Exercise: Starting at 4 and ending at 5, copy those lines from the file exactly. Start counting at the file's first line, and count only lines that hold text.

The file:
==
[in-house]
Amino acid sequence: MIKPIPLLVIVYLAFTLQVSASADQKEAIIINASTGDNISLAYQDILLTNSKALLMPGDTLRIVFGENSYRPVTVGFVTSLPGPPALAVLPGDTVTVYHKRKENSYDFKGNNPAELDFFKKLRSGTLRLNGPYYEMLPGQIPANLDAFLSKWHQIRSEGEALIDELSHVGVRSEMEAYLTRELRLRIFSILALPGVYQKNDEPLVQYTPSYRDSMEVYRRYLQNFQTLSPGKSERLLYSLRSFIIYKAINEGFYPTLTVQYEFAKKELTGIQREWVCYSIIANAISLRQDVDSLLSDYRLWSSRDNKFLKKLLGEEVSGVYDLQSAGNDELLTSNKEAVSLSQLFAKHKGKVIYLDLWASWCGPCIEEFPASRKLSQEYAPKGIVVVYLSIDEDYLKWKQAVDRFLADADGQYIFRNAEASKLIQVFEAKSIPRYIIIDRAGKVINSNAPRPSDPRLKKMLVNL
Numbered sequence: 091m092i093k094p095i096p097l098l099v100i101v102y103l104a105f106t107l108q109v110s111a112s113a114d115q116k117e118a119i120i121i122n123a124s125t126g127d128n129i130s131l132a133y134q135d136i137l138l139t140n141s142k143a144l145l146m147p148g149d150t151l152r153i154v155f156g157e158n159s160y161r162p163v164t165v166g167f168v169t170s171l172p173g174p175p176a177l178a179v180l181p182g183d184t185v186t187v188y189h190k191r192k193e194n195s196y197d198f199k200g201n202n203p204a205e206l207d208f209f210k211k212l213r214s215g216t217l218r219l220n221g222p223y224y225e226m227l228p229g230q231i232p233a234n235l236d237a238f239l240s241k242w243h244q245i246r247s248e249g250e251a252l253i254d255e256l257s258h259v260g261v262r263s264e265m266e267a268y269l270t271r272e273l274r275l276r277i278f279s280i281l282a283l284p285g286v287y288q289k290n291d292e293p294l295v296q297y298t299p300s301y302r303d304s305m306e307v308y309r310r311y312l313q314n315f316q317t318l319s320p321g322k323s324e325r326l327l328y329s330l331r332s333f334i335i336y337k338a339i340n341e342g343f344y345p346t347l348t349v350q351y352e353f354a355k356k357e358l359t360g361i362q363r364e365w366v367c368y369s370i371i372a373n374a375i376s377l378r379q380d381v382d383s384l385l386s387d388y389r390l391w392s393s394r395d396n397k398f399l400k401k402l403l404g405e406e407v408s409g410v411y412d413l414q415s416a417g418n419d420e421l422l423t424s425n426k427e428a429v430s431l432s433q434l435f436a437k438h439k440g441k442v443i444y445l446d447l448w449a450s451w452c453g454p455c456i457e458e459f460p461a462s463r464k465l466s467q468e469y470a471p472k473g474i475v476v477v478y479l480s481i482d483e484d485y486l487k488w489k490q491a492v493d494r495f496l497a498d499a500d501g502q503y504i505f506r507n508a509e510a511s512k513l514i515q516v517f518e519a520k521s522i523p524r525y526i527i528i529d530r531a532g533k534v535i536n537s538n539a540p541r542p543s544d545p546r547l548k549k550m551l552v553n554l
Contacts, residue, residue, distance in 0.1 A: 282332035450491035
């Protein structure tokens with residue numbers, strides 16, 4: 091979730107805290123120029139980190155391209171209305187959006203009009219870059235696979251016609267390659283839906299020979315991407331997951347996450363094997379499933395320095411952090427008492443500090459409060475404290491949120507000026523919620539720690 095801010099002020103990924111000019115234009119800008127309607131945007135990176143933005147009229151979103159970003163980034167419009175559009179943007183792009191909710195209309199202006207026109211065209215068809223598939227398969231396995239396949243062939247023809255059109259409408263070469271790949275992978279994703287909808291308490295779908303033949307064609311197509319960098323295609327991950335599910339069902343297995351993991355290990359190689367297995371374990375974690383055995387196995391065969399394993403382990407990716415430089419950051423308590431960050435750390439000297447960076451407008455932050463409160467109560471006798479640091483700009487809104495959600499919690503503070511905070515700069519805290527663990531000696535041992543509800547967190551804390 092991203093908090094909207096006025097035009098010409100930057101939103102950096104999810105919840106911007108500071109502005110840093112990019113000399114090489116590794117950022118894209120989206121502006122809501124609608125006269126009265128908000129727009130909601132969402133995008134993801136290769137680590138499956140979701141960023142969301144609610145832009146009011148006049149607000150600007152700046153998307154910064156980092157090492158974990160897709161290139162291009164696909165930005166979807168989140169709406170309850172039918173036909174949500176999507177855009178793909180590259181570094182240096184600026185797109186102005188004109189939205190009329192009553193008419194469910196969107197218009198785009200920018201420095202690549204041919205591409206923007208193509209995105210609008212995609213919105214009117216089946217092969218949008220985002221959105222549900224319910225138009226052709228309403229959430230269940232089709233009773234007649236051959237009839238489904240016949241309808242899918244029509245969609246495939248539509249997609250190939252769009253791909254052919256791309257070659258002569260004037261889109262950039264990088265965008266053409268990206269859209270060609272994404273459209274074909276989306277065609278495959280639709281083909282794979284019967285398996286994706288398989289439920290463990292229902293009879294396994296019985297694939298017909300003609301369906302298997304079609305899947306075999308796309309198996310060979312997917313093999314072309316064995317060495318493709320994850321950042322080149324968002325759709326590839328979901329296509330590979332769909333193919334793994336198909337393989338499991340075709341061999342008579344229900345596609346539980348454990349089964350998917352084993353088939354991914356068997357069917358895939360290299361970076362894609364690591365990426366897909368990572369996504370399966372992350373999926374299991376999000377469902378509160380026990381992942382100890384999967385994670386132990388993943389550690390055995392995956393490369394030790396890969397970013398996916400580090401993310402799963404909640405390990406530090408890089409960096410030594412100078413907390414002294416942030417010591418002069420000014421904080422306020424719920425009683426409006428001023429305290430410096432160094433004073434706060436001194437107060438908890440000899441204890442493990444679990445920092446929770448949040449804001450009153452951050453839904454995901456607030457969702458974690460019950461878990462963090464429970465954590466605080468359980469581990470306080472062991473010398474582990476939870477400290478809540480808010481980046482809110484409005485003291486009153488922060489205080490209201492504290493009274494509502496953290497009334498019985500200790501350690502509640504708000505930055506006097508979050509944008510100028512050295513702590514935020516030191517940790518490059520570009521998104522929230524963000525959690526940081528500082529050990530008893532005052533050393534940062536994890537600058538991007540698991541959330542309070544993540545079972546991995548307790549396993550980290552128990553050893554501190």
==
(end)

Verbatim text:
Contacts, residue, residue, distance in 0.1 A: 282332035450491035
């Protein structure tokens with residue numbers, strides 16, 4: 091979730107805290123120029139980190155391209171209305187959006203009009219870059235696979251016609267390659283839906299020979315991407331997951347996450363094997379499933395320095411952090427008492443500090459409060475404290491949120507000026523919620539720690 095801010099002020103990924111000019115234009119800008127309607131945007135990176143933005147009229151979103159970003163980034167419009175559009179943007183792009191909710195209309199202006207026109211065209215068809223598939227398969231396995239396949243062939247023809255059109259409408263070469271790949275992978279994703287909808291308490295779908303033949307064609311197509319960098323295609327991950335599910339069902343297995351993991355290990359190689367297995371374990375974690383055995387196995391065969399394993403382990407990716415430089419950051423308590431960050435750390439000297447960076451407008455932050463409160467109560471006798479640091483700009487809104495959600499919690503503070511905070515700069519805290527663990531000696535041992543509800547967190551804390 092991203093908090094909207096006025097035009098010409100930057101939103102950096104999810105919840106911007108500071109502005110840093112990019113000399114090489116590794117950022118894209120989206121502006122809501124609608125006269126009265128908000129727009130909601132969402133995008134993801136290769137680590138499956140979701141960023142969301144609610145832009146009011148006049149607000150600007152700046153998307154910064156980092157090492158974990160897709161290139162291009164696909165930005166979807168989140169709406170309850172039918173036909174949500176999507177855009178793909180590259181570094182240096184600026185797109186102005188004109189939205190009329192009553193008419194469910196969107197218009198785009200920018201420095202690549204041919205591409206923007208193509209995105210609008212995609213919105214009117216089946217092969218949008220985002221959105222549900224319910225138009226052709228309403229959430230269940232089709233009773234007649236051959237009839238489904240016949241309808242899918244029509245969609246495939248539509249997609250190939252769009253791909254052919256791309257070659258002569260004037261889109262950039264990088265965008266053409268990206269859209270060609272994404273459209274074909276989306277065609278495959280639709281083909282794979284019967285398996286994706288398989289439920290463990292229902293009879294396994296019985297694939298017909300003609301369906302298997304079609305899947306075999308796309309198996310060979312997917313093999314072309316064995317060495318493709320994850321950042322080149324968002325759709326590839328979901329296509330590979332769909333193919334793994336198909337393989338499991340075709341061999342008579344229900345596609346539980348454990349089964350998917352084993353088939354991914356068997357069917358895939360290299361970076362894609364690591365990426366897909368990572369996504370399966372992350373999926374299991376999000377469902378509160380026990381992942382100890384999967385994670386132990388993943389550690390055995392995956393490369394030790396890969397970013398996916400580090401993310402799963404909640405390990406530090408890089409960096410030594412100078413907390414002294416942030417010591418002069420000014421904080422306020424719920425009683426409006428001023429305290430410096432160094433004073434706060436001194437107060438908890440000899441204890442493990444679990445920092446929770448949040449804001450009153452951050453839904454995901456607030457969702458974690460019950461878990462963090464429970465954590466605080468359980469581990470306080472062991473010398474582990476939870477400290478809540480808010481980046482809110484409005485003291486009153488922060489205080490209201492504290493009274494509502496953290497009334498019985500200790501350690502509640504708000505930055506006097508979050509944008510100028512050295513702590514935020516030191517940790518490059520570009521998104522929230524963000525959690526940081528500082529050990530008893532005052533050393534940062536994890537600058538991007540698991541959330542309070544993540545079972546991995548307790549396993550980290552128990553050893554501190």